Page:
The federal government is partnering with private industry to modernize the electrical grid.
President Obama announced in October that the federal government would distribute $3.4 billion in grants to modernize the electrical grid and fund the expansion of so-called smart grid projects. The money comes from the American Reinvestment and Recovery Act, previously known as the stimulus bill. The government says private industry will add $4.7 billion to the grants, bringing the total investment to $8 billion.
The funding has two major goals: to upgrade the nation's aging electrical grid to be more efficient and reliable, and to promote the development of renewable energy sources, especially wind and solar.
Grid modernization includes the installation of devices to improve electricity management and reduce the loss of electricity as it travels from the generation source to the consumer. For example, the government plans to fund the installation of 850 phasor measurement units, which are sensors that improve grid monitoring so that operators can detect and respond to minor problems before they accelerate to an outage or blackout. Other devices to be funded include more than 200,000 new transformers and nearly 700 automated substations.
Smart meters will play a major role in grid modernization, in part because utilities can provide real-time usage and pricing information to customers, who can choose to run appliances when rates are lowest. A shift in consumption patterns will reduce peak demands on energy providers, which means they don't have to build additional power plants. One billion dollars is allocated to expand deployment of smart meters at homes and businesses across the country. For instance, Florida Power & Light has received $200 million to install 2.5 million smart meters.
The government estimates that a smart grid infrastructure will reduce electricity consumption 4% over the next 20 years, producing a savings of $20.4 billion.
The government also is developing protocols and standards to promote interoperability among smart grid devices and services. That task falls to the National Institute of Standards and Technology.
NIST released a draft of its standards framework in September. It provides a high-level reference model of a smart grid, identifies existing standards that will support the development of such a grid, and calls out critical areas where new standards must be developed. Efforts covered include wide area situational awareness (monitoring the grid across large geographic areas); demand response (giving users incentives to reduce consumption during peak demand); electric storage (developing new storage capabilities); and cybersecurity (protecting grid communications systems).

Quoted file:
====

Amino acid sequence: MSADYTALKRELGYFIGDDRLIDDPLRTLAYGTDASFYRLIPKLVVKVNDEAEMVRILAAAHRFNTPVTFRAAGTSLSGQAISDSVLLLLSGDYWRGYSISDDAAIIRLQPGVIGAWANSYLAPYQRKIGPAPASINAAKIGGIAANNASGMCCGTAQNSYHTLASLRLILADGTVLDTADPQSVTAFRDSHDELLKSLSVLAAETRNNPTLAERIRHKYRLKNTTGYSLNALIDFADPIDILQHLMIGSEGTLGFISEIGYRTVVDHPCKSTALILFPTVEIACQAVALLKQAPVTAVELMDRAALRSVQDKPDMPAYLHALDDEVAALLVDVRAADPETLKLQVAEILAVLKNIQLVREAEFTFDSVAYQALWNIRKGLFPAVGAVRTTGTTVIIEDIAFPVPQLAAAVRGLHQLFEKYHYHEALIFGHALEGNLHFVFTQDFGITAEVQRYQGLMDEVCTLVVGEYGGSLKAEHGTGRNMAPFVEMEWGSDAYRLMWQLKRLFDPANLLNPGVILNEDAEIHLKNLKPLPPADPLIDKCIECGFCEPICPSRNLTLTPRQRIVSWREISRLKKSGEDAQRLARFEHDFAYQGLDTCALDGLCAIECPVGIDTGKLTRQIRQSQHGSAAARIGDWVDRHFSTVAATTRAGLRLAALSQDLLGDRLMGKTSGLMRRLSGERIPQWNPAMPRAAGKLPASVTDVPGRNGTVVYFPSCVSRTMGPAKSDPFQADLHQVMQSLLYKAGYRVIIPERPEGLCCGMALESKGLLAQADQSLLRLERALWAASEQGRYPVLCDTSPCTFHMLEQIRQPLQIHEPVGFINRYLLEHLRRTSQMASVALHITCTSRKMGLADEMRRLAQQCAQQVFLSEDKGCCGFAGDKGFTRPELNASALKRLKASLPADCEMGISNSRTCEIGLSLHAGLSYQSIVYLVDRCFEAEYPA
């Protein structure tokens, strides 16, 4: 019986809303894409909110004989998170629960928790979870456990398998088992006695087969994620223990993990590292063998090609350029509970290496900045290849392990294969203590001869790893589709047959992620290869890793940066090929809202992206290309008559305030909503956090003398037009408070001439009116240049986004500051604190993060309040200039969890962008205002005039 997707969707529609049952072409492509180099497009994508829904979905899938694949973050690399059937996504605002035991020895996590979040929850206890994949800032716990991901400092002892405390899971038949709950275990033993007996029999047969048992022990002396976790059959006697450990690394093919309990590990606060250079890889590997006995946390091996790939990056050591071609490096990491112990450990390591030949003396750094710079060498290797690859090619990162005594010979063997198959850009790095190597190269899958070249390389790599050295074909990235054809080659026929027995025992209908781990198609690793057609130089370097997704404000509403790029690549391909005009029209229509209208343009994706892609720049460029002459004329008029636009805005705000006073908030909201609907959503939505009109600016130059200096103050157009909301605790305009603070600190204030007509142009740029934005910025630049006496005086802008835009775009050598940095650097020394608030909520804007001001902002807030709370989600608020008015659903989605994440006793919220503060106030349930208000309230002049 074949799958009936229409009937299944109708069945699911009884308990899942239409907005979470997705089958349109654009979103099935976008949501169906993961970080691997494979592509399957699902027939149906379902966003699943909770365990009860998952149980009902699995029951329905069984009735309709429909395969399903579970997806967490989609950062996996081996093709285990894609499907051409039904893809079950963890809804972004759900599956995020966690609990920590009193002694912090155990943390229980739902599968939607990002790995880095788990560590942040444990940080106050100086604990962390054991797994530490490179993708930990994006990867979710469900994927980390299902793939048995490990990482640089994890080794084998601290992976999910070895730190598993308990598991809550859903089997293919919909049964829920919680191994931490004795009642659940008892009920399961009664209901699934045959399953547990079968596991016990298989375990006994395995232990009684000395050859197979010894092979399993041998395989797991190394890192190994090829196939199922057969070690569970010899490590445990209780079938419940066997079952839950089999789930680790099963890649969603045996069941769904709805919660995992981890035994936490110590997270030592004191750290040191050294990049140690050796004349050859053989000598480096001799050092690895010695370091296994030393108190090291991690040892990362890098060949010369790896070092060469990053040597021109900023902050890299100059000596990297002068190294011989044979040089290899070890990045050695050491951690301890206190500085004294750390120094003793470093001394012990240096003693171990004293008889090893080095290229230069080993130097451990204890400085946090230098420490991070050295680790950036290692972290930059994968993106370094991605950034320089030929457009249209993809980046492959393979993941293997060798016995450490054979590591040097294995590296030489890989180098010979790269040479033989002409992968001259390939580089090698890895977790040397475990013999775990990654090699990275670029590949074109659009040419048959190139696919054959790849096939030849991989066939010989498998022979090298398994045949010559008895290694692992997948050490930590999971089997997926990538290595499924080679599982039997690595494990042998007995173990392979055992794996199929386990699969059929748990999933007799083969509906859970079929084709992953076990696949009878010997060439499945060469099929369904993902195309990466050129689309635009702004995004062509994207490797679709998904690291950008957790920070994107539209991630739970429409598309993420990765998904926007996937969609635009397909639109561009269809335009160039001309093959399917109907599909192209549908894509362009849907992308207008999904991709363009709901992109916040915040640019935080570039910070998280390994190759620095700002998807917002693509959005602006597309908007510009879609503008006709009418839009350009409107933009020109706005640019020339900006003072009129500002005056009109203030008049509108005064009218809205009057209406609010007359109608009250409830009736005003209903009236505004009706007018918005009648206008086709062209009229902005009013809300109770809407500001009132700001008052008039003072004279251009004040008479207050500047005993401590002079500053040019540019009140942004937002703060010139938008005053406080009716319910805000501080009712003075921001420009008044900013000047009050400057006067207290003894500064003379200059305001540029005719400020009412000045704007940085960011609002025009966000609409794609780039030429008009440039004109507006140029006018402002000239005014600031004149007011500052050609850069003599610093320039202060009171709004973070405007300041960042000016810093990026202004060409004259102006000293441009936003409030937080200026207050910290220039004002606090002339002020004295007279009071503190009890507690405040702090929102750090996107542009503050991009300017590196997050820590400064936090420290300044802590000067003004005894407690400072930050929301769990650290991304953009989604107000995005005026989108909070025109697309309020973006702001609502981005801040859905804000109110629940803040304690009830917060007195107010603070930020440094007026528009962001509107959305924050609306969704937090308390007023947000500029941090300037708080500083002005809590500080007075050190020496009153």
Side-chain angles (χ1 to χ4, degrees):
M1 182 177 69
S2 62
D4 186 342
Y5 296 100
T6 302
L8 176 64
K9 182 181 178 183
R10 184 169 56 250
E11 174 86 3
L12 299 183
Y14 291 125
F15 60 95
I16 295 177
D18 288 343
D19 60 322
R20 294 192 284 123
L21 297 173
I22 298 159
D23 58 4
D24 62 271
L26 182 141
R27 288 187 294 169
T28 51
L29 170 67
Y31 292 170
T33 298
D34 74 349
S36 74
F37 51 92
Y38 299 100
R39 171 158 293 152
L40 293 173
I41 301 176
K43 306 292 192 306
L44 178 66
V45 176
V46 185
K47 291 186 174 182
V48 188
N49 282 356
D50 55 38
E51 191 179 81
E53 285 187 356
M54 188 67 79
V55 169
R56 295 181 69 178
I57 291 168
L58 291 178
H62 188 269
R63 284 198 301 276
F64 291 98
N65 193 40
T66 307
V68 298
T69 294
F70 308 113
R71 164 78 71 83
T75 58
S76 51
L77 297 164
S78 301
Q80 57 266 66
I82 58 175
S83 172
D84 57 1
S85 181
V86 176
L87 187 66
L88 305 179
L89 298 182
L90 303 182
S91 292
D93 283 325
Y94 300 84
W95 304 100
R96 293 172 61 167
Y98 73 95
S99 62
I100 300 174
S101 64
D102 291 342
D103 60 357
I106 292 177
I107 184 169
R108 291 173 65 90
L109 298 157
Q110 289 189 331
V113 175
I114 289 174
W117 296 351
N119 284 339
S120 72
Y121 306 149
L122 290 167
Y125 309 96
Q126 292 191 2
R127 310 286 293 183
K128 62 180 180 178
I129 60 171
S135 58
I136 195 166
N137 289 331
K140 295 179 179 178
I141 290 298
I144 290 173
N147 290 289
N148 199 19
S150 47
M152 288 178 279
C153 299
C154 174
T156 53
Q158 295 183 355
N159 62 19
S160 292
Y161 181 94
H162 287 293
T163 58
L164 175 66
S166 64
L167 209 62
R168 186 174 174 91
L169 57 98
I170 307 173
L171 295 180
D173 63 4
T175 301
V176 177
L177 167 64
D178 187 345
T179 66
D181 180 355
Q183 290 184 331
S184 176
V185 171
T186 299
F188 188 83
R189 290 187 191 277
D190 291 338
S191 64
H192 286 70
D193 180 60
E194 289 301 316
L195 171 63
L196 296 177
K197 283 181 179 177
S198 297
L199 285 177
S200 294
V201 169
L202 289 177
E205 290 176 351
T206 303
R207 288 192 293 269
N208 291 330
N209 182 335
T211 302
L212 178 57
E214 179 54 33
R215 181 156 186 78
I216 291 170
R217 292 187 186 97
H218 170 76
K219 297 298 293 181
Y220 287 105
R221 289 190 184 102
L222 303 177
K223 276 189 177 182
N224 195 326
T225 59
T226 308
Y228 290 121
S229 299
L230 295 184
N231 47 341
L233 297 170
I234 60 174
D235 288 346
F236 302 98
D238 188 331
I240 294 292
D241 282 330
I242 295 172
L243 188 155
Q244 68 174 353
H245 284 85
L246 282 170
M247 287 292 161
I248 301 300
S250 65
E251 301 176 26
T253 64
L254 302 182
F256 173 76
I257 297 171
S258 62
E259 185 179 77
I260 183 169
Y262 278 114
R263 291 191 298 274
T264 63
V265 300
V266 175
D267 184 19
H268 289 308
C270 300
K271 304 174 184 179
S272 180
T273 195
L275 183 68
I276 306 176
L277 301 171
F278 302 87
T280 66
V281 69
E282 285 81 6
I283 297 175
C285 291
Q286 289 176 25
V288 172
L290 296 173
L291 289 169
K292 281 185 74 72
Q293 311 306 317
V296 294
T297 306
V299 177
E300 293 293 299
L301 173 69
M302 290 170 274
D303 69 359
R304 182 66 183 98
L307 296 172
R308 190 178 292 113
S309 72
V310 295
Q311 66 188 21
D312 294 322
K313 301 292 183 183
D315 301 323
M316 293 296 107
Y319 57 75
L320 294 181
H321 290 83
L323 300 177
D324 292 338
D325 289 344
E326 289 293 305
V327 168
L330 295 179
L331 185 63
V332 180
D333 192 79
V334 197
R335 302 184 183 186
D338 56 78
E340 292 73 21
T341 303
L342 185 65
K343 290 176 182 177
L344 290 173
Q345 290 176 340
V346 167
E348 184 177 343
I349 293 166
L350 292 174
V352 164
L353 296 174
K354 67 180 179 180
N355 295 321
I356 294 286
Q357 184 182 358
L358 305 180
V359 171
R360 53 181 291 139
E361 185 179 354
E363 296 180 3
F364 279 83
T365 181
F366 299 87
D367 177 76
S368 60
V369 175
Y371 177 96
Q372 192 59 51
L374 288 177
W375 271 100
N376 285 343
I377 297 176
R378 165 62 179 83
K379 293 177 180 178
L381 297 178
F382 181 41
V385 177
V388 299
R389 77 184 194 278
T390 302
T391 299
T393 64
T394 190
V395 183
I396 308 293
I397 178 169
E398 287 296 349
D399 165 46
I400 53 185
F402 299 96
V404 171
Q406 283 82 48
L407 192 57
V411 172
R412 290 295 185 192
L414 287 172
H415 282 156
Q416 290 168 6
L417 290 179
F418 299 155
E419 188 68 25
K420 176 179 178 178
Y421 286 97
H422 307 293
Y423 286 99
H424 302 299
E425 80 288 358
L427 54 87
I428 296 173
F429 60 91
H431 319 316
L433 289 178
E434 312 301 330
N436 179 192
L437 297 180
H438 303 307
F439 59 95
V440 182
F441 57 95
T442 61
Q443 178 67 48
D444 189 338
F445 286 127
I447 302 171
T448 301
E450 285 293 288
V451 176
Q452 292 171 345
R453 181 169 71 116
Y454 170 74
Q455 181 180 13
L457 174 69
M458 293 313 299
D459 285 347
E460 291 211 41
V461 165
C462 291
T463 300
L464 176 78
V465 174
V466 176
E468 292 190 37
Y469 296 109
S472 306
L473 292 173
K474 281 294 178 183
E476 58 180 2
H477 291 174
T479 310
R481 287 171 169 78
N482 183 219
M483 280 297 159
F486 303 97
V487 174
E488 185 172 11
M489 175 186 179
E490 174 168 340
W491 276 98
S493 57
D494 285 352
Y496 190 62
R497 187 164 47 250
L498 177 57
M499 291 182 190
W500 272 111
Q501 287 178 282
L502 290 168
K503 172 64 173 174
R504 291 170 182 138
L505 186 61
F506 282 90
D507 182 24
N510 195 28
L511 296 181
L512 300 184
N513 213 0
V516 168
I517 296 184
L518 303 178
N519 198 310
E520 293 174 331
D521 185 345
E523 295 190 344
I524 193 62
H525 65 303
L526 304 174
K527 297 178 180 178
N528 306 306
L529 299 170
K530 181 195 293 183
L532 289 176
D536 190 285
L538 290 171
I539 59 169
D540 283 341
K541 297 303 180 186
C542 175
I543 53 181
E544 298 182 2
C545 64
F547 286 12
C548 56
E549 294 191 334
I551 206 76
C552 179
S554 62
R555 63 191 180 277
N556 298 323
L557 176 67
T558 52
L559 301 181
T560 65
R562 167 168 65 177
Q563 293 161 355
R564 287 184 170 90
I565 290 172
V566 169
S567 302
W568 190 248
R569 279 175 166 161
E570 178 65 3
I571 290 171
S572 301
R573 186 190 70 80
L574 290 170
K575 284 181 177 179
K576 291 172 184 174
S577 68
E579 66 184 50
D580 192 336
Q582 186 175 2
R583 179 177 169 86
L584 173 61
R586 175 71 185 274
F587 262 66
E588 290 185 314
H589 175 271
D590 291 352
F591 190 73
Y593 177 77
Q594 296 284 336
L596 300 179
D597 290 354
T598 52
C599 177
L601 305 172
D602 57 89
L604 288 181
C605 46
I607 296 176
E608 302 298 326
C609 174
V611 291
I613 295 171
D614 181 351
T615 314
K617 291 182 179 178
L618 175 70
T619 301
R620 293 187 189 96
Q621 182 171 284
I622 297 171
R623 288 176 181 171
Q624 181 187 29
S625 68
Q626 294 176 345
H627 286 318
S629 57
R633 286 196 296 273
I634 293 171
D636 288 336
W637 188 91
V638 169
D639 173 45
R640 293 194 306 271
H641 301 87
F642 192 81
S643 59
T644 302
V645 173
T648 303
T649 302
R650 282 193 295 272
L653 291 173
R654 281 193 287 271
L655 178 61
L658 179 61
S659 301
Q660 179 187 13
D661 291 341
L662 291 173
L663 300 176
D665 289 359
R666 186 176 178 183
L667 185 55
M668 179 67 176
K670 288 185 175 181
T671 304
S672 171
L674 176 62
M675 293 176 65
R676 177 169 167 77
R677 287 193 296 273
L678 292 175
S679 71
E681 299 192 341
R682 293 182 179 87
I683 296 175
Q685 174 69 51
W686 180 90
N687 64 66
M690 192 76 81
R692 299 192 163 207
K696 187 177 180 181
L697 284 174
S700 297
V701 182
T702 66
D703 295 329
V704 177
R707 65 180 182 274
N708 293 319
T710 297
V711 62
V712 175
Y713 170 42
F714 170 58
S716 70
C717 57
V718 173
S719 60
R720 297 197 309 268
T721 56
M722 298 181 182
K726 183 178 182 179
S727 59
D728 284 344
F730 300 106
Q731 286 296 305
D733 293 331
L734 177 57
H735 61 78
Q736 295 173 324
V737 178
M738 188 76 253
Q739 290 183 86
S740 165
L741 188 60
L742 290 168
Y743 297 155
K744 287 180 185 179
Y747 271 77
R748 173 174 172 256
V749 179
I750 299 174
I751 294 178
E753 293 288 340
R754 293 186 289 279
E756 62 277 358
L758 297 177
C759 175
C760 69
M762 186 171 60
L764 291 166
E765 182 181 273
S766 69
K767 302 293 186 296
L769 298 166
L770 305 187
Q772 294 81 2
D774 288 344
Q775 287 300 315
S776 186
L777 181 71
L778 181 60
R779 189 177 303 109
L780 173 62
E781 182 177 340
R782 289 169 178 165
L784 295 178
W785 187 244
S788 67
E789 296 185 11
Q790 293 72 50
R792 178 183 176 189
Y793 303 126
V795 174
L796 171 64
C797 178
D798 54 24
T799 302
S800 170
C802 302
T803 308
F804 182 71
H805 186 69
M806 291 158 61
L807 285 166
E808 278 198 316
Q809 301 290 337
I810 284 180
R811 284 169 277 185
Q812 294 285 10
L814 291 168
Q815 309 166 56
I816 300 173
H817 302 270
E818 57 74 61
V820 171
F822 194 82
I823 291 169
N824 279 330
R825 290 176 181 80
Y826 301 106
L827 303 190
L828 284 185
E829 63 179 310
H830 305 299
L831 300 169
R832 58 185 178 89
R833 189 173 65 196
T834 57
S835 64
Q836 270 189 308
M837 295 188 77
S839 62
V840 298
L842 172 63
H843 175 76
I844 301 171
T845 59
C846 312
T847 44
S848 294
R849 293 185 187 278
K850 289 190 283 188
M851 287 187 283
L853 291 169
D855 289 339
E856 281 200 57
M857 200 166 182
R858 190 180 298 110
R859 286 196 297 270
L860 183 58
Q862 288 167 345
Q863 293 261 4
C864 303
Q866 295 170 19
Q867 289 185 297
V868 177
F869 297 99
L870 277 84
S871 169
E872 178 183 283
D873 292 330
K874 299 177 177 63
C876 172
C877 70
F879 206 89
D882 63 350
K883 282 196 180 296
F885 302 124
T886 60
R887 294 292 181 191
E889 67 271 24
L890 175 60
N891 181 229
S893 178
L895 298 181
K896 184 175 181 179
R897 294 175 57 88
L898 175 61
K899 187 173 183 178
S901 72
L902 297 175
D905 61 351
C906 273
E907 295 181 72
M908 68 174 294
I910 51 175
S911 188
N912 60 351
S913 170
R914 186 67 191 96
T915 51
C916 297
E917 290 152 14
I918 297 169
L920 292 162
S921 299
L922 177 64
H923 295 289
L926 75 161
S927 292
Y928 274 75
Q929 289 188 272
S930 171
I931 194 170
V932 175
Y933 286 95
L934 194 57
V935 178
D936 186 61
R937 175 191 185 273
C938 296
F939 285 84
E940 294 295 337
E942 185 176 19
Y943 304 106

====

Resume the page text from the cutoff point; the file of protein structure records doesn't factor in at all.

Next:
The draft is available for public comment. A final version is expected by the end of this year.
Time to Reconsider Enterprise Email StrategyCost, time, and risk. It's the demand trifecta vying for the attention of both technology professionals and attorneys charged with balancing the expectations of their clients and business units with the hard reality of the current financial and regulatory climate. Sometimes, organizations assume high levels of risk as a result of their inability to meet the costs involved in data protection. In other instances, it's time that's of the essence, as with a data breach.
5 Top Federal Initiatives For 2015As InformationWeek Government readers were busy firming up their fiscal year 2015 budgets, we asked them to rate more than 30 IT initiatives in terms of importance and current leadership focus. No surprise, among more than 30 options, security is No. 1. After that, things get less predictable.
Top IT Trends to Watch in Financial ServicesIT pros at banks, investment houses, insurance companies, and other financial services organizations are focused on a range of issues, from peer-to-peer lending to cybersecurity to performance, agility, and compliance. It all matters.
Join us for a roundup of the top stories on InformationWeek.com for the week of September 18, 2016. We'll be talking with the InformationWeek.com editors and correspondents who brought you the top stories of the week to get the "story behind the story."